2014-12-15

Paul the persecutor?

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by Neil Godfrey

the-stoning-of-stephen-by-rembrandt-1625I’m taking a light diversion by challenging somebody on earlywritings.com over his assertion that Christians were persecuted like crazy (as per the popular notion derived from the Acts and Eusebian tales). The posts have since met a bit stiffer challenge from more reasonable and knowledgeable participants — so the discussion has become even more rewarding.

Reasons I am questioning the assumption that Paul before his conversion persecuted the church in the sense of haling people off to prison, engaging them with enhanced interrogation techniques, beating them, sometimes too severely so they died:

  • The word for “persecution” is διωγμός — one could “pursue” [δίωκε] righteousness; Paul wrote that Ishmael “persecuted” [ἐδίωκεν] Isaac. The word can have very unpleasant associations when used negatively but does not necessarily mean to beat up and kill.
  • The notion that Paul did beat and kill Christians before his conversion is derived from Acts. I argue elsewhere (following several scholars) that this is theologically motivated fabrication. I am arguing from the evidence of Paul’s letters alone.
  • There were divergent views about Paul’s pre-Christian career. Marcionites denied he had been a “persecutor” of the church. How do we explain such diversity of opinion?
  • What motive could Paul have had for “persecuting” the church in the whipping and killing sense? He himself said he was persecuted because of his views on the Law. But he was the one who introduced those views. So that cause could not have been the reason he himself persecuted Christians prior to his conversion.
  • Second Temple Judaism, according to its literature, appears to have embraced views about the Messiah as diverse as the belief that he (or one of the messiahs) would be killed, so preaching a crucified Christ/messiah is not likely to have attracted murderous rage.
  • Litwa shows us that it was not at all blasphemous for Jews to imagine a human being deified — so preaching that a man Jesus had become a divinity would not have overturned the world.
  • The followers of Jesus were obviously not seen as a threat since they were left alone when the authorities arrested Jesus, so one finds it difficult to think that they would suddenly change their minds and persecute them for posing a threat to the “state”.
  • There were other Jewish cults who protested against the Temple cult and it is difficult to imagine the authorities persecuting them or fearing a threat to their religious system. What would such a threat look like? A lone man overturning a table or two in one corner of the crowded precinct? A few more persons wandering off to join the Qumran community?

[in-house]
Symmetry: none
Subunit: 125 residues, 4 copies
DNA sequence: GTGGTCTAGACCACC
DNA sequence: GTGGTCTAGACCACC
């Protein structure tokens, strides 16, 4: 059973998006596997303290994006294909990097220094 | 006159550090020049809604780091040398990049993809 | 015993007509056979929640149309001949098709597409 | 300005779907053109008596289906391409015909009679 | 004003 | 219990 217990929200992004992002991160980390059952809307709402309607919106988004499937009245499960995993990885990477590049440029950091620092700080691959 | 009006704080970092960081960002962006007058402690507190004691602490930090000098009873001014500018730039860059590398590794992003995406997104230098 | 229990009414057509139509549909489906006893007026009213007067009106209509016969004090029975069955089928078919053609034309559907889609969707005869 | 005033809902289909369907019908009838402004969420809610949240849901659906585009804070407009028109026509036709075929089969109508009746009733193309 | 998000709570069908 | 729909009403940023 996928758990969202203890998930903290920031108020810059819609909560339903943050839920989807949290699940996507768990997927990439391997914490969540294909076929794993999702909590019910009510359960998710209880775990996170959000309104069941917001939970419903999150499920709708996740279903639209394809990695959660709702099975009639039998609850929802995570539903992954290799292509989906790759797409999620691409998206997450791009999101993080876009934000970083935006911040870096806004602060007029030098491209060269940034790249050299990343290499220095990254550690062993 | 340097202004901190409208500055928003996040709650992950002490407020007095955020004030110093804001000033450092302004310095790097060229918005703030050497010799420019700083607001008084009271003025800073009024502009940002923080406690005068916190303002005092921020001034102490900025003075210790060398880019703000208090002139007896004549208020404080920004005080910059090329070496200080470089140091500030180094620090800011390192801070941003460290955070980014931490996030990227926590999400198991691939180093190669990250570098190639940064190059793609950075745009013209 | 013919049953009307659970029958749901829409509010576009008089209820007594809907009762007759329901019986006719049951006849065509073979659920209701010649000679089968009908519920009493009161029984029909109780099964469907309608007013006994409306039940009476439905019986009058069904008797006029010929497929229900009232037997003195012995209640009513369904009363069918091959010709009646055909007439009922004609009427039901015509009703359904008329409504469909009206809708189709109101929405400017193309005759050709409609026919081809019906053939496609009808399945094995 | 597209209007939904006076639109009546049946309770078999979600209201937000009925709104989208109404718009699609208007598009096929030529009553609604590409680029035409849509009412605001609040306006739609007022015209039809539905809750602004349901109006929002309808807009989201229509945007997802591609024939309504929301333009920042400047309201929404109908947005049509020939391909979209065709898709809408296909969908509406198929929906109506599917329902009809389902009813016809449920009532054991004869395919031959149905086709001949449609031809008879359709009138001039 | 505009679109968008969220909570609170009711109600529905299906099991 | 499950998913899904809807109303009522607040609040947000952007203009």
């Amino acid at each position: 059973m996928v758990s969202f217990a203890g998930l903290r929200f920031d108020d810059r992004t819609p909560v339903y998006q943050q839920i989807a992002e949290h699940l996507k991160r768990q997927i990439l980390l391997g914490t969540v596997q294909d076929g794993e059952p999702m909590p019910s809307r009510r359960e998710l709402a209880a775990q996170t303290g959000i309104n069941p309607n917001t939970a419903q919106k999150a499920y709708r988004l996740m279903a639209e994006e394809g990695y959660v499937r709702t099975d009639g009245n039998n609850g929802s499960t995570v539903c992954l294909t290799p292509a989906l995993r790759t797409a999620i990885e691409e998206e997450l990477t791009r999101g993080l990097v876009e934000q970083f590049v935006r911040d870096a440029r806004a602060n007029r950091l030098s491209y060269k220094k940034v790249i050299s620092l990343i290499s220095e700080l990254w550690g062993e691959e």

36 Comments

  • Giuseppe
    2014-12-15 15:01:29 UTC - 15:01 | Permalink

    this affair of ”Paul persecutor” is modestly to my eyes the strongest element of all the Pauline letters that lead me to suspect that Roger Parvus may be tremendously right about ”Paul” on the whole line.

    • Neil Godfrey
      2014-12-15 20:43:51 UTC - 20:43 | Permalink

      Interesting point. One could well imagine one of Roger’s “zags” being inserted to mock Simon the heretic whose followers so harried and frustrated the sort of church its editor wanted to see.

      • Roger Parvus
        2014-12-16 16:13:37 UTC - 16:13 | Permalink

        From my perch Paul’s “persecution” of Christians looks like it was no more than his ultimate rejection of the teaching of the Jerusalem church and his denigration of its leaders. These occurred after he became a believer (“Have I become your enemy?” – Gal. 4:16). I think a proto-orthodox interpolator of the Pauline letters, as part of his rehabilitation of Paul, shifted that persecution from Paul’s Christian days to his pre-Christian ones. The interpolator could accept Paul being labelled a persecutor as long as the persecutory activity was safely relegated to the time before Paul’s conversion. Later the author of Acts, perhaps inspired by Josephus’ description in Antiquities 20.214 of a thug named Saul, further embellished Paul’s fictitious pre-Christian persecution by adding some physical violence to it.

        • Neil Godfrey
          2014-12-16 20:25:41 UTC - 20:25 | Permalink

          You are referring to this passage?

          And now Jesus, the son of Gamaliel, became the successor of Jesus, the son of Damneus, in the high priesthood, which the king had taken from the other; on which account a sedition arose between the high priests, with regard to one another; for they got together bodies of the boldest sort of the people, and frequently came, from reproaches, to throwing of stones at each other. But Ananias was too hard for the rest, by his riches, which enabled him to gain those that were most ready to receive.

          Costobarus also, and Saulus, did themselves get together a multitude of wicked wretches, and this because they were of the royal family; and so they obtained favor among them, because of their kindred to Agrippa; but still they used violence with the people, and were very ready to plunder those that were weaker than themselves. And from that time it principally came to pass that our city was greatly disordered, and that all things grew worse and worse among us.